KANSAS CITY, Kan. (AP) — Clint Bowyer slid out of his No. 15 car in the parking lot of BB's Lawnside BBQ, just south of downtown Kansas City, and greeted good buddy Guy Fieri with a hearty handshake.
The Sprint Cup star and Food Network icon were filming an episode of Food Network's "Diners, Drive-Ins and Dives," but they kept running into a problem: The guys working at the auto repair shop next door wanted to meet Bowyer and kept wandering into the shots.
"They had to ask all the guys next door to go back inside," BB's owner Lindsay Shannon said, "but what they did was they took the car over there and parked it in the garage, and when they were done, they got all the guys who worked for the garage and had their pictures taken with Clint."
To some, Bowyer has become a pariah, the guy who threw NASCAR into chaos with a controversial spin at Richmond last month. To those in Kansas — and those at that auto repair shop — he's still one of their own, the hometown boy who made good.
"Obviously, with what's been going on lately, it's nice to come home," Bowyer told The Associated Press on Friday. "I always love coming back here, obviously a lot of great memories, lots of friends, people who have been supporting me since my early days."
People willing to stand by him after anything.
The native of Emporia, Kan., still insists his spin at Richmond was unintentional, and NASCAR was unable to prove Bowyer was attempting to manipulate the finish. But in the court of public opinion, Bowyer was quickly found guilty of trying to get teammate Martin Truex Jr. into the Chase for the Sprint Cup championship, and he felt the repercussions everywhere he went.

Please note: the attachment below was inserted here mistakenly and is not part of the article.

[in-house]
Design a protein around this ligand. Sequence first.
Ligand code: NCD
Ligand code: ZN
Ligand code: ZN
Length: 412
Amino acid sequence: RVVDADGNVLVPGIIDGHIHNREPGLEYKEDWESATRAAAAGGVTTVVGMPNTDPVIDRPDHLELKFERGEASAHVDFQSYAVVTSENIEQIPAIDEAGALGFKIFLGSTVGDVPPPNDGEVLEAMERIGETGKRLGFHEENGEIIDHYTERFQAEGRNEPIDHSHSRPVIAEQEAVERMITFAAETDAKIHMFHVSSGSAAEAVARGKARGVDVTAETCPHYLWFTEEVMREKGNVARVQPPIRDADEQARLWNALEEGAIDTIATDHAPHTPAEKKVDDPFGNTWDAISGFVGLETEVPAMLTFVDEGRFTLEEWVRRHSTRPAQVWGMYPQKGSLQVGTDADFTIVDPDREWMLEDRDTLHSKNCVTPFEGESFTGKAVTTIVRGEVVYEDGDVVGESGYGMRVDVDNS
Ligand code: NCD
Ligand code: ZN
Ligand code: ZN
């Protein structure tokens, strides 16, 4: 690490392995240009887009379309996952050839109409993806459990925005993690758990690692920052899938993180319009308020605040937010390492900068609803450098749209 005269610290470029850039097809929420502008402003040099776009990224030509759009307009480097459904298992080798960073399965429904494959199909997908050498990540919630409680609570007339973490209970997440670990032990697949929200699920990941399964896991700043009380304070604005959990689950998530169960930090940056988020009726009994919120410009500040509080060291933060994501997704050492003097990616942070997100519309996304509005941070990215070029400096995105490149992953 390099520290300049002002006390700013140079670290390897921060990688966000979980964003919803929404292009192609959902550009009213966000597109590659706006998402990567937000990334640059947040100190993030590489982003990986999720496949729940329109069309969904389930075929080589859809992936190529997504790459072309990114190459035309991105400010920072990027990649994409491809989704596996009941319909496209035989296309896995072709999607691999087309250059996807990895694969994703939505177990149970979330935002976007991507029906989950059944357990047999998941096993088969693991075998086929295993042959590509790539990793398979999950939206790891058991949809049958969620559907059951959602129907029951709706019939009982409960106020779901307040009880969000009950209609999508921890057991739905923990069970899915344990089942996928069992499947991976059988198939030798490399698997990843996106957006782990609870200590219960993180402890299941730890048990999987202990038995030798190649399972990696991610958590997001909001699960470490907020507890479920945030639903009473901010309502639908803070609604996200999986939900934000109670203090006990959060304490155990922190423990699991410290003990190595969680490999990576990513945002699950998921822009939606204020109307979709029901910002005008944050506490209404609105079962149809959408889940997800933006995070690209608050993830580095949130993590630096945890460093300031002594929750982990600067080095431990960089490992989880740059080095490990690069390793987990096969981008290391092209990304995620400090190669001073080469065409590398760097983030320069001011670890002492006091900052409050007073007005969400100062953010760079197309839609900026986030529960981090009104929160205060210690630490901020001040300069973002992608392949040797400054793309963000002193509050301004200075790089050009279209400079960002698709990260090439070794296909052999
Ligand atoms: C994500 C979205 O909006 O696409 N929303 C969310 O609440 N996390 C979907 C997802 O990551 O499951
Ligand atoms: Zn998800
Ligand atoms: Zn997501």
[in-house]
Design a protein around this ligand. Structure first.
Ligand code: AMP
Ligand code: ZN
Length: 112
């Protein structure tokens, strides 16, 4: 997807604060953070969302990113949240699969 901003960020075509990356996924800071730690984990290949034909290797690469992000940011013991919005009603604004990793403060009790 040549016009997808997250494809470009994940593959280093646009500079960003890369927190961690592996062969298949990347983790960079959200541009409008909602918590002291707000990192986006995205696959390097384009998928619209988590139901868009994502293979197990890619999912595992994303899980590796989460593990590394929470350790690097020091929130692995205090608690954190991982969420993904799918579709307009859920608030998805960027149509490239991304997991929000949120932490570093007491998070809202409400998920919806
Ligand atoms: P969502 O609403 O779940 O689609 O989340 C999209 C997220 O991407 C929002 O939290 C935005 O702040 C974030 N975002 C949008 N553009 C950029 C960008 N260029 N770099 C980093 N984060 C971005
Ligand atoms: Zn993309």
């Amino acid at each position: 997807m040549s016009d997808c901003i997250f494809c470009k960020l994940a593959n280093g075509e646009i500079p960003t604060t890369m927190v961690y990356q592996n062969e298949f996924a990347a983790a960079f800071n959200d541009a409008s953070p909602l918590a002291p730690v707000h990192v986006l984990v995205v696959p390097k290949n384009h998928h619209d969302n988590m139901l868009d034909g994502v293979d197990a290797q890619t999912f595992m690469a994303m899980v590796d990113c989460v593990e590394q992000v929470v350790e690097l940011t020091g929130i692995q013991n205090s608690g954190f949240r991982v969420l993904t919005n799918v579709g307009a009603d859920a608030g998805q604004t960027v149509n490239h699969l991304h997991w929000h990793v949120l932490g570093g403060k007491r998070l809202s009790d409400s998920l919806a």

One of the most popular drivers on the series, Bowyer suddenly felt strident fan animosity for the first time. Their chief complaint is that they believe Bowyer has been lying about not spinning on purpose, but if he were to admit guilt, Bowyer would be subject to NASCAR sanctions.
"It's just a ton of distraction," he said. "Ton of disappointment."
NASCAR did uncover evidence that others in Bowyer's Michael Waltrip Racing team tried to alter the outcome at Richmond to get Truex into its version of the playoffs. The result was harsh sanctions against the organization that included knocking Truex out of the Chase — in response, Truex sponsor NAPA Auto Parts said it would pull out at the end of the year.